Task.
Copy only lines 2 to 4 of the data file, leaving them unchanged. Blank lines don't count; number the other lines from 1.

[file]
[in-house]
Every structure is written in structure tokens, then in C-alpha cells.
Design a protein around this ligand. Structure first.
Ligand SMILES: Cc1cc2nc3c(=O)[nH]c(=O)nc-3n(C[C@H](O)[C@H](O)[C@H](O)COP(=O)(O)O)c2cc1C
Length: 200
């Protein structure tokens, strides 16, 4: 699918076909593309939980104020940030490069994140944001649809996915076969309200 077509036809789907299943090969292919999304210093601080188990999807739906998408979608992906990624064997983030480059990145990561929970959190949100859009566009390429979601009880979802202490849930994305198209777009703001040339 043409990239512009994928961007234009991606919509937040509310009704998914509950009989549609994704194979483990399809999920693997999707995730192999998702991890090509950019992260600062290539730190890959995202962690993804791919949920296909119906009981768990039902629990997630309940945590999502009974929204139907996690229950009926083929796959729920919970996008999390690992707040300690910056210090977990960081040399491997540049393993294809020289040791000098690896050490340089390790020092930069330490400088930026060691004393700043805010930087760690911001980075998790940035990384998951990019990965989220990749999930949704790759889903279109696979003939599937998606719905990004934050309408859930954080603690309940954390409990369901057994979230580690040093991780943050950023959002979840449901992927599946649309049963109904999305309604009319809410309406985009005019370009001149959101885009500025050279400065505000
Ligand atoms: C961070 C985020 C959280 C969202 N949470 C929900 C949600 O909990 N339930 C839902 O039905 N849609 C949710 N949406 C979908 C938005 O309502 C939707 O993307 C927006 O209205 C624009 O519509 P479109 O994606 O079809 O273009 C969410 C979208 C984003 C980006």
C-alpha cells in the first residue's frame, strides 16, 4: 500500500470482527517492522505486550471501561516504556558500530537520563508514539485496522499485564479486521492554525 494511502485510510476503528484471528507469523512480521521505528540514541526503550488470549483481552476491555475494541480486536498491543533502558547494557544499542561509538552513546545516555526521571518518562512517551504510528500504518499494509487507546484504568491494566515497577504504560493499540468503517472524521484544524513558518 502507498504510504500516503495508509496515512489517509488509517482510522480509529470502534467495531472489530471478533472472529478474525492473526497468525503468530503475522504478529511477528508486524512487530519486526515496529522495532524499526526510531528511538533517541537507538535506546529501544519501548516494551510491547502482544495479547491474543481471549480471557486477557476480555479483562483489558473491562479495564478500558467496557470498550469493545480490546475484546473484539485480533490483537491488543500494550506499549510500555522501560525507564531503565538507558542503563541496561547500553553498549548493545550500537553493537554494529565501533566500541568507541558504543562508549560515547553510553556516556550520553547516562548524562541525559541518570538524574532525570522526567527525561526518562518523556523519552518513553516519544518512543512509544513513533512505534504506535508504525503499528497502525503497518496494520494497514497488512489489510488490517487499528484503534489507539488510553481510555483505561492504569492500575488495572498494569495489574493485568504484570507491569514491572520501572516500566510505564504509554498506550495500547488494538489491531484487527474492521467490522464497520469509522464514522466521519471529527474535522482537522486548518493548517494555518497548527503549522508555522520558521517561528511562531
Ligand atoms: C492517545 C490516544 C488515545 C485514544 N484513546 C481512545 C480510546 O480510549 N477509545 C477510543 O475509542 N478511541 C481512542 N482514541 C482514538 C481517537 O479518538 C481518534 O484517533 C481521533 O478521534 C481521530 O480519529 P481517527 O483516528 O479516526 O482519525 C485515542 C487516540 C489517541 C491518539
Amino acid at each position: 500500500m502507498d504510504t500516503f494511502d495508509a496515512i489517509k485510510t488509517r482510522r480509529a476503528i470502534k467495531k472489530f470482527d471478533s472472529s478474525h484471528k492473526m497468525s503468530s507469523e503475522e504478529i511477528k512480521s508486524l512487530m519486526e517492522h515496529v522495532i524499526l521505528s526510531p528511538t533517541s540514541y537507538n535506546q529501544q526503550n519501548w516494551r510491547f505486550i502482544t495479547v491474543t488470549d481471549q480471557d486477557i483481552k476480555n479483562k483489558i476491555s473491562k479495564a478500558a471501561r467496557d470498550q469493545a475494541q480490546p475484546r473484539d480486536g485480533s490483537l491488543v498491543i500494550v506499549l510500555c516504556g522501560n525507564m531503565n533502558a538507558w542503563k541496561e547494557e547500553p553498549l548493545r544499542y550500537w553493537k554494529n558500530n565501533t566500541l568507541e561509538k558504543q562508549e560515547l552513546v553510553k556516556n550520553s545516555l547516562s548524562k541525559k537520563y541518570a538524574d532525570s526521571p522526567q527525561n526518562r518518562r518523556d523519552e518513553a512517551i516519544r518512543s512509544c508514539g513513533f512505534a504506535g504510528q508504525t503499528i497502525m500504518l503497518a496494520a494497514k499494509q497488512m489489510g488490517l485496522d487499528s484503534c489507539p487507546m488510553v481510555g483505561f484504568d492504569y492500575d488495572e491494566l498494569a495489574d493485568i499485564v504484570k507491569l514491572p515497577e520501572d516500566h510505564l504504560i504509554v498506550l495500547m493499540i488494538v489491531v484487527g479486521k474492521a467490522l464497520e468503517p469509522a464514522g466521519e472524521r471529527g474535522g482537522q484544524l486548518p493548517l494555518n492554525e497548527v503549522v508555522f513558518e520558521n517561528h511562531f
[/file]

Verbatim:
Every structure is written in structure tokens, then in C-alpha cells.
Design a protein around this ligand. Structure first.
Ligand SMILES: Cc1cc2nc3c(=O)[nH]c(=O)nc-3n(C[C@H](O)[C@H](O)[C@H](O)COP(=O)(O)O)c2cc1C